When Anthony Albanese arrives in London on Tuesday to attend the coronation of King Charles III, he does so as an Australian Prime Minister with an official agenda to sever what has become an outdated and demeaning constitutional link.
Just how outdated the British monarchy has become will be on display in the magnificent 900-year-old pageantry in Westminster Abbey this weekend.
At the heart of the ceremony will be the out-of-sight anointing of the King as God’s chosen, a medieval remnant of the Divine Right of Kings.
What won’t be beamed around the world is Australia’s inability to assert our status as a truly contemporary, independent sovereign nation owing “humble affection” and “obedience” not to the heir to the former colonial power but to the people of Australia.
Mr Albanese is acutely aware of the embarrassment of leading a nation that depends on the parliament of another country to determine who its head of state is and whose representative in Australia has the power to deceptively dismiss a democratically elected government.
There is nothing to stop another deeply flawed individual trashing decency and convention like Sir John Kerr in 1975.
The publication of The Palace Letters revealed the extent of the palace’s connivance in Sir John Kerr’s treachery, and Prince Charles’ praise for the viceroy’s actions.
Such a government dismissal is something the monarch in London would never dare aware that, unlike in Canberra, Britain can abolish the Crown by an act of parliament and there is historic precedent for it.
In many ways the coronation of Charles is a crossroads moment for a very different Australia to the one that came into existence in 1901 and the one that passed up the opportunity for self-respect and constitutional maturity in 1999.
If the Prime Minister has his way, it will be something of a last hurrah for the “King of Australia”.
This is a view strongly supported by Indigenous Australian Olympian and former senator Nova Peris.
Ms Peris says Saturday “should be marked as the last time a monarch is crowned as king or queen of Australia”.
“Australians are now well and truly ready to embark on a more equal future where all Australians are treated equally under our Constitution,” Ms Peris said.
Support falls for monarchy
A new poll commissioned by the Australian Republican Movement found only 40 per cent of Australians supported the monarchy of King Charles.
Rather, 60 per cent of respondents said they wanted an Australian head of state chosen by Australians, a figure that rose to 69 per cent for those aged between 18 and 35.
Mr Albanese has appointed an assistant minister for the republic and nominated a second term to progress the project that is critical to the way Australians will think of themselves for the rest of the 21st century.
The comments of Robert French in 2008 before he became Chief Justice of the High Court sum up the dreadful reality of the current situation.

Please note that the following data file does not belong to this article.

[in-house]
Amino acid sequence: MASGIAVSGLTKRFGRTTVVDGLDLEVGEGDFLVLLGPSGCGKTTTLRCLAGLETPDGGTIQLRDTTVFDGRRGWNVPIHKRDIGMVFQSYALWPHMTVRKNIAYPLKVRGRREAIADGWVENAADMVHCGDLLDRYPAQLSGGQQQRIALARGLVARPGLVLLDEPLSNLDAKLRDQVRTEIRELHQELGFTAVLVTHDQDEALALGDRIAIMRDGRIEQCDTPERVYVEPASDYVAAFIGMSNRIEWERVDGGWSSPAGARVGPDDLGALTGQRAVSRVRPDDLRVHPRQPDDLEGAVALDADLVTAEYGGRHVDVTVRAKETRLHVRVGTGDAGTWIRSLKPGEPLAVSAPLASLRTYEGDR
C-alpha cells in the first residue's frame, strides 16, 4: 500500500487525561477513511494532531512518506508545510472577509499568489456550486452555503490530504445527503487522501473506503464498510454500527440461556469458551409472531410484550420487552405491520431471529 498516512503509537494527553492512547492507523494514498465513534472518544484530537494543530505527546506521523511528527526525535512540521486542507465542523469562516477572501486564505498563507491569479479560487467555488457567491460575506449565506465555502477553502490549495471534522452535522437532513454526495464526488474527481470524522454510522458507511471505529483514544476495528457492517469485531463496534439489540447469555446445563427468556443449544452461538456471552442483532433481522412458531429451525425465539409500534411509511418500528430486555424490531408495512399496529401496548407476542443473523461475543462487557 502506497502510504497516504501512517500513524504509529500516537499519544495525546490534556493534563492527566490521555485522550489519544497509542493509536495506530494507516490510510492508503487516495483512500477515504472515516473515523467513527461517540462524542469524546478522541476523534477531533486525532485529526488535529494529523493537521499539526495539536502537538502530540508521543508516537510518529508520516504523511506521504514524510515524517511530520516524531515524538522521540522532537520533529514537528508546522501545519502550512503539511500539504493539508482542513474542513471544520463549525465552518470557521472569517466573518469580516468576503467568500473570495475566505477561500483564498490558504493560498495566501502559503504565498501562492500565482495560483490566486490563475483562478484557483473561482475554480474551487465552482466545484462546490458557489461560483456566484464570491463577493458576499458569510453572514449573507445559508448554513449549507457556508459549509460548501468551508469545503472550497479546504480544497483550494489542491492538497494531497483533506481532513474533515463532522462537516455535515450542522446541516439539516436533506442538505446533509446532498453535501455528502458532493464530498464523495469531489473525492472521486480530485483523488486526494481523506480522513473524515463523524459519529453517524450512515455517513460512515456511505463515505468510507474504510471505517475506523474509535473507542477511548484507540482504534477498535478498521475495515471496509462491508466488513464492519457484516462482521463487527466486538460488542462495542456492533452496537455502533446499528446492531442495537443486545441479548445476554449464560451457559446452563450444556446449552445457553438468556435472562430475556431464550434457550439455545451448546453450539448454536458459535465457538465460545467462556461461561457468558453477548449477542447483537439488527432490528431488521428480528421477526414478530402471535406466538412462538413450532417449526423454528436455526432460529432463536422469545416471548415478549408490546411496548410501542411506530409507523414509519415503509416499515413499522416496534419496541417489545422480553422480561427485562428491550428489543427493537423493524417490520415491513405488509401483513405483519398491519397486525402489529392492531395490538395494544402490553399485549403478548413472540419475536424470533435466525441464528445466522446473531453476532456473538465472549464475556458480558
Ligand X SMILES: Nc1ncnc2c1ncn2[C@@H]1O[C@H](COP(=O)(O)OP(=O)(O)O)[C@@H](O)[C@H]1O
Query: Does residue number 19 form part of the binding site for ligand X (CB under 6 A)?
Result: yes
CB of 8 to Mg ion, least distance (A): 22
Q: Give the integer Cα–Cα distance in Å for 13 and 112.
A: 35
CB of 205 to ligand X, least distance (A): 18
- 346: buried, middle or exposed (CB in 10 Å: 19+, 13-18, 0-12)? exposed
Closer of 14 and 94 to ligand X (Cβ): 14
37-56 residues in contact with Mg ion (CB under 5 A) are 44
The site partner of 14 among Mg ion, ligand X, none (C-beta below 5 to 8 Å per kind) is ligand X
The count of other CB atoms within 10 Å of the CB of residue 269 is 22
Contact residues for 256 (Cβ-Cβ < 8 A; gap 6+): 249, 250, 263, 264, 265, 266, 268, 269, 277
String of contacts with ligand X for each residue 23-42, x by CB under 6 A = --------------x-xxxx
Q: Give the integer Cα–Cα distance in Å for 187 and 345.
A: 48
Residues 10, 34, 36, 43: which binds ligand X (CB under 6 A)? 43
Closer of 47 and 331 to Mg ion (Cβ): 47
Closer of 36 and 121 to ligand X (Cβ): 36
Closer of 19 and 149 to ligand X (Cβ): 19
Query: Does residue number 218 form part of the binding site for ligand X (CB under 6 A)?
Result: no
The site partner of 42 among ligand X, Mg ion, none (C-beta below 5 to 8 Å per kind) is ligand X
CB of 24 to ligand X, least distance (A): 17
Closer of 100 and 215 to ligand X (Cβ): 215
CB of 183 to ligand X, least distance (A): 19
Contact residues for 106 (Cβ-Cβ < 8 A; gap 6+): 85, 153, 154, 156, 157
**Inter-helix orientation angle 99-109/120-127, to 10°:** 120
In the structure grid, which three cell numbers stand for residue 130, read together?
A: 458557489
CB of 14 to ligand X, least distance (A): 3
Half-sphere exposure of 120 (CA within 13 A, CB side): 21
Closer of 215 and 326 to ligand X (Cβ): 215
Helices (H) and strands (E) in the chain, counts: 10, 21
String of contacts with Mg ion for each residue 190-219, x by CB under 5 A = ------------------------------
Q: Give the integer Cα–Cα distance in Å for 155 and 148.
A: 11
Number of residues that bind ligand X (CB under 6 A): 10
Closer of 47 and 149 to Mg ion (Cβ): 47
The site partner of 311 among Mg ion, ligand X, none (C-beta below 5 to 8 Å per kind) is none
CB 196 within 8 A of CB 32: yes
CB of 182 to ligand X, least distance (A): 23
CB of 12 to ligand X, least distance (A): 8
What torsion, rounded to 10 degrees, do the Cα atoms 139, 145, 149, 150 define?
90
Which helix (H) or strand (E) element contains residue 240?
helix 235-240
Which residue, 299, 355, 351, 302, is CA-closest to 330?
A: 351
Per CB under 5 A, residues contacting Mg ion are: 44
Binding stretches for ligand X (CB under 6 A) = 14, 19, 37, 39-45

Sir John Kerr, the governor-general, sacked Gough Whitlam in 1975. Photo: AAP
Robert French said: “It is unacceptable in contemporary Australia that the legal head of the Australian state, under present constitutional arrangements, can never be chosen by the people or their representatives, cannot be other than a member of the Anglican Church, can never be other than British and can never be an Indigenous person.”
Barry Jones, who was deputy chair of the 1998 Constitutional Convention before the republic referendum, sees the success of the Voice referendum as a precursor to another republican attempt.
Writing in The Saturday Paper shortly after the death of Queen Elizabeth, he said: “Aboriginal reconciliation and the republic are inextricably linked. The monarchist cause is essentially the last expression of White Australia: Its rhetoric, culture, ceremonials, politics and the habit of deference. It is a static, essentially nostalgic position in a society that, although dynamic in some ways, is uncertain how to express itself.”
It is no accident that those who are opposed to an Australian republic, like John Howard, Tony Abbott and Peter Dutton, are also dead against the sort of constitutional recognition that gives First Nations’ people any sort of dignified say that cannot be extinguished at whim – the essence of the Voice.
Mr Howard’s abolition of the Aboriginal and Torres Strait Islander Commission in 2005 did irreparable damage in remote communities, as Aboriginal leader Noel Pearson recently reminded us.
It is no surprise that whitefella paternalism still beats strongly in many hard hearts.
It’s also instructive that the Prime Minister’s official release ahead of the visit spent two paragraphs noting his attendance to represent Australia “at the Coronation of His Majesty The King and Her Majesty The Queen Consort” and seven paragraphs talking of trade and defence agreements between our two nations.
Very proper, of course, but also a very appropriate reality check.
Paul Bongiorno AM is a veteran of the Canberra Press Gallery, with more than 45 years’ experience covering Australian politics